Researchers’ goal was to use the cancer-work management conceptual framework to solicit ovarian cancer patients’ perspectives on job demands, cancer demands, and workplace or cancer services and techniques for managing the cancer-work interface. They enrolled people with ovarian cancer who were undergoing systemic medication and who had a Comprehensive Score for Financial Toxicity of less than 26, indicating financial difficulty. Participants were interviewed regarding care expenditures, including the impact on their ability to work. A total of 3 investigators recorded and transcribed the interviews verbatim before doing an inductive thematic analysis. Around 22 people took part in the study, with a median age of 57 years old, a 36% black representation, a 68% income less than $40,000, a 41% participation in public health insurance, and a 68% prevalence of recurrent disease. Lower productivity, inability to return to work, and anxiety about being laid off or losing access to employer-provided health care all contributed to increased stress on the job. Physical and mental restrictions brought on by cancer treatment necessitated the assistance of caretakers, particularly with transportation. Employers that were understanding, job responsibilities that could be adjusted, and taking time off for medical reasons were all the tools available to employees. Appointment scheduling in advance and tapping into underutilized resources like disability insurance were among the cancer care resources and strategies discussed. Care teams for people with cancer should think about conducting employment screenings, streamlining treatment so that patients and caregivers experience fewer adverse effects and spend less time and energy getting to and from appointments, making the most efficient use of all available resources, and communicating with employers proactively to find solutions for those who still want or need to work despite their diagnosis.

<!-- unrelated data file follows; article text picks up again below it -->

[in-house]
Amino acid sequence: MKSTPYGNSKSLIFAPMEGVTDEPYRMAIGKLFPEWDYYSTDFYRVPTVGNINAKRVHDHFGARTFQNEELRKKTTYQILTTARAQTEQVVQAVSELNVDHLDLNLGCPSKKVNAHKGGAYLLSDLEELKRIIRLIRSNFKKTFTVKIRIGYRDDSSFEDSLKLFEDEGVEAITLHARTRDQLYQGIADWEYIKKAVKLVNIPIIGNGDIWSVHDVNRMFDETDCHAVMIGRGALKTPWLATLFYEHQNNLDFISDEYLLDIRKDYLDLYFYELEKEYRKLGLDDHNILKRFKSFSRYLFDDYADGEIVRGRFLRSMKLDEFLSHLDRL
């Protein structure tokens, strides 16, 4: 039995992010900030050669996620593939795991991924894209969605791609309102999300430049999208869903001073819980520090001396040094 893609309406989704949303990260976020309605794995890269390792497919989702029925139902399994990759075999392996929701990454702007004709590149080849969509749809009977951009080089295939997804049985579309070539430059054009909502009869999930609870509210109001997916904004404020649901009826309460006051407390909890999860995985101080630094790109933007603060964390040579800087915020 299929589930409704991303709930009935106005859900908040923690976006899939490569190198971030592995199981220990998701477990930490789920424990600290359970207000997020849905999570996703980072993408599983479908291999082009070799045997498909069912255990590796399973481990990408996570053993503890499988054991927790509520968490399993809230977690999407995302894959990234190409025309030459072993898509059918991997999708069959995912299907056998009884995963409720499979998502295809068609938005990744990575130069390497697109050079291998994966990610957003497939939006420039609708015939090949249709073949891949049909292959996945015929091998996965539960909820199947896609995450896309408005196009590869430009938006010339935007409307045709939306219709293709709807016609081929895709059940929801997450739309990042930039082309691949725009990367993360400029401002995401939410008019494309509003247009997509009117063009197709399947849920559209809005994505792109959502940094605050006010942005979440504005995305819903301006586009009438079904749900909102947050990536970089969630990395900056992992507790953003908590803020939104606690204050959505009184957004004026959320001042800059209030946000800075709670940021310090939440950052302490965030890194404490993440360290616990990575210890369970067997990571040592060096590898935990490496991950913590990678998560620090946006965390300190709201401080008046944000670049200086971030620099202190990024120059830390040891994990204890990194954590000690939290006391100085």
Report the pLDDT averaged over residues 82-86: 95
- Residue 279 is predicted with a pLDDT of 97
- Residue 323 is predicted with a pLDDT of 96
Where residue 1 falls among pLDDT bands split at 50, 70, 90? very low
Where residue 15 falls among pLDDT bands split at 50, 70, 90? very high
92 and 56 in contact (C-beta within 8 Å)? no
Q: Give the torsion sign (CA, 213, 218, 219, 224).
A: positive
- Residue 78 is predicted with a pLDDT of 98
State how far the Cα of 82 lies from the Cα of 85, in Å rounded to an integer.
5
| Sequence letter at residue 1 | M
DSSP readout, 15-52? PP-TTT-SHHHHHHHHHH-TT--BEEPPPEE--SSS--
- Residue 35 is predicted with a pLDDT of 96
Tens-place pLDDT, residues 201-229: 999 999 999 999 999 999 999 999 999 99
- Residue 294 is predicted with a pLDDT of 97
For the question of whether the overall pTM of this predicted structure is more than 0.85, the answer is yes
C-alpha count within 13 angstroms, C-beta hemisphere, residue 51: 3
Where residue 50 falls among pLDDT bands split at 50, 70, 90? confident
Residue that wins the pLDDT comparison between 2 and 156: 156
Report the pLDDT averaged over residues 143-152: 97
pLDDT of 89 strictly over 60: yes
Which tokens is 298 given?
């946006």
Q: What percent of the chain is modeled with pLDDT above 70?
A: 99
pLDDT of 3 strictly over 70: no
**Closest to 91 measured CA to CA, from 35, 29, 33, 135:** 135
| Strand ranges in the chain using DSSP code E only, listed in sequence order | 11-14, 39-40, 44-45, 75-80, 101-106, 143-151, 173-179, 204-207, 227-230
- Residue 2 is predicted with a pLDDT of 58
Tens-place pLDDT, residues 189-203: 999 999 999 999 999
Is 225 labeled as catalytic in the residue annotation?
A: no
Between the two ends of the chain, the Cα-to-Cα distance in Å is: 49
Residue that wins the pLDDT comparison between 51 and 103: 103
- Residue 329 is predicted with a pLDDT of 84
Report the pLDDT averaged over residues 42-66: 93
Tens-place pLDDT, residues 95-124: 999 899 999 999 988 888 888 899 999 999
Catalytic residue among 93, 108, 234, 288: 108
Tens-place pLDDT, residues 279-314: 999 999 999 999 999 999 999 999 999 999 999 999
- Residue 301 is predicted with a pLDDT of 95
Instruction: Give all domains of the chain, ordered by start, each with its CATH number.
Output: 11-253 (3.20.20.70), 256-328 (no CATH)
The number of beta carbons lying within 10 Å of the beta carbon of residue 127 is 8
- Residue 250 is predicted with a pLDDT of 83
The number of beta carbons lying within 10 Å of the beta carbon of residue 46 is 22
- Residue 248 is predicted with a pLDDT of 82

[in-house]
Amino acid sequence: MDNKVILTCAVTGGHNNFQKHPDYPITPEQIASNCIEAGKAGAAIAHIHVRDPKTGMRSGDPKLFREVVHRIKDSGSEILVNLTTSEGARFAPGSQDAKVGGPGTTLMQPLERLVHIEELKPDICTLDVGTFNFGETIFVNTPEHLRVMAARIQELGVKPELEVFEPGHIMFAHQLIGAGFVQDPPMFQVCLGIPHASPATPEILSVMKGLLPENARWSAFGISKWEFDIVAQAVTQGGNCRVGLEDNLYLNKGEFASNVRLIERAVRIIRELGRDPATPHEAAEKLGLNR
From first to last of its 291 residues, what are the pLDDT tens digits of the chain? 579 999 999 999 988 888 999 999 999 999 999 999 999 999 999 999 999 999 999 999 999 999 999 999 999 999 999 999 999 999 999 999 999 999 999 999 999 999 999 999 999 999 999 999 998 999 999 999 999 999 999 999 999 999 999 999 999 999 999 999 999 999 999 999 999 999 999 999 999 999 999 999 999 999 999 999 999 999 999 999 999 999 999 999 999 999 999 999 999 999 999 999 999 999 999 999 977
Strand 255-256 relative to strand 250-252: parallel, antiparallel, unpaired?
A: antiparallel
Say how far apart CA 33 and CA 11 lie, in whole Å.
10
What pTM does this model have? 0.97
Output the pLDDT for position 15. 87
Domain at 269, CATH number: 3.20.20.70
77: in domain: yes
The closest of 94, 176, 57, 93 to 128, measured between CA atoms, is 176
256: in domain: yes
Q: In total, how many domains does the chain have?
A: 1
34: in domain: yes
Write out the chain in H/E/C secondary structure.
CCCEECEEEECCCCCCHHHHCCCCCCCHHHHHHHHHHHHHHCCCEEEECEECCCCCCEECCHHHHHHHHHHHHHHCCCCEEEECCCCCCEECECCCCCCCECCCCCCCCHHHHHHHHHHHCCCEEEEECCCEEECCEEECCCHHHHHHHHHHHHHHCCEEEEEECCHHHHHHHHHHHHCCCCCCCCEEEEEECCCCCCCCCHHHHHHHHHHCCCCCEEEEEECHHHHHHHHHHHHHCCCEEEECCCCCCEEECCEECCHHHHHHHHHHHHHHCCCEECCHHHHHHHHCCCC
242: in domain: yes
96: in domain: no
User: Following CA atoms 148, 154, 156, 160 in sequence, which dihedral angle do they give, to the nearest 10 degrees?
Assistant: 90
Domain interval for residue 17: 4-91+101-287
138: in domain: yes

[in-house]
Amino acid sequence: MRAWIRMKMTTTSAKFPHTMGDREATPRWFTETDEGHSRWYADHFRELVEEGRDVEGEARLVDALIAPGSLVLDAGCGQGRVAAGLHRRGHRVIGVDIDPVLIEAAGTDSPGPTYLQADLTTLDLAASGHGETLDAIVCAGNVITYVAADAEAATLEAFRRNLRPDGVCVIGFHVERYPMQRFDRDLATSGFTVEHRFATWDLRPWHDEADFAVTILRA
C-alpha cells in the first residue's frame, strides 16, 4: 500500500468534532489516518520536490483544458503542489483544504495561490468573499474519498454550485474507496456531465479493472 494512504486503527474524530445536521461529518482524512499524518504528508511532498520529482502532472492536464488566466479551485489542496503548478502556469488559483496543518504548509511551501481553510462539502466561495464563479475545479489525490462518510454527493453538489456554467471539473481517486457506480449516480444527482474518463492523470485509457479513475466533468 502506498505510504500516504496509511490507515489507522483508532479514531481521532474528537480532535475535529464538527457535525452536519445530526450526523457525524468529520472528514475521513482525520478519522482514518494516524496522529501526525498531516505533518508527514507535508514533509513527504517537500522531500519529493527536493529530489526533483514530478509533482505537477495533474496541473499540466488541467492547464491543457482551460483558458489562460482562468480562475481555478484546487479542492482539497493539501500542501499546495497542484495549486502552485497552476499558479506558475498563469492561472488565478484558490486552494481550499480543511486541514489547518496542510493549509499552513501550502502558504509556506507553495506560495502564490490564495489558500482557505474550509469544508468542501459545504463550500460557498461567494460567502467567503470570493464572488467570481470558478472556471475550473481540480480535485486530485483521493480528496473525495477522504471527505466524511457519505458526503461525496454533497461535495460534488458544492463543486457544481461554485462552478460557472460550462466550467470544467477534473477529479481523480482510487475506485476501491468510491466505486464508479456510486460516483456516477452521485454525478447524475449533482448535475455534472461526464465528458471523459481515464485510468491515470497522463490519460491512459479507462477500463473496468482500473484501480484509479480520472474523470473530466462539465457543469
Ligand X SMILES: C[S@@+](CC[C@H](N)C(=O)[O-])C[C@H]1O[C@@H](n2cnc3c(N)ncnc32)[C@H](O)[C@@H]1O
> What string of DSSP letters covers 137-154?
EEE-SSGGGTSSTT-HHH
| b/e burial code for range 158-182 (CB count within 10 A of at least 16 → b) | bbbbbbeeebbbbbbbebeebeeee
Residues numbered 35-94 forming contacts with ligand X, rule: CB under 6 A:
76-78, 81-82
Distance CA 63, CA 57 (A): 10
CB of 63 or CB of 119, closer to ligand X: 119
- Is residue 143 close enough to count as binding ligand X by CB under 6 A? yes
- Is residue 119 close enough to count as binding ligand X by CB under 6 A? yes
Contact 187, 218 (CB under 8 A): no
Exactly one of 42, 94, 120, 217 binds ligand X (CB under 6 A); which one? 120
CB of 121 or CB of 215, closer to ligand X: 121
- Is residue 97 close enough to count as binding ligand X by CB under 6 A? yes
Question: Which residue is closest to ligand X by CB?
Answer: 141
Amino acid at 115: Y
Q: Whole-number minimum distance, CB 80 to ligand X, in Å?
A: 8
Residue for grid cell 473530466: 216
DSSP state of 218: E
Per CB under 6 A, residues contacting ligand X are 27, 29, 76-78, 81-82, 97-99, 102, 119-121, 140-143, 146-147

- Business of Medicine
- Doctor’s Voice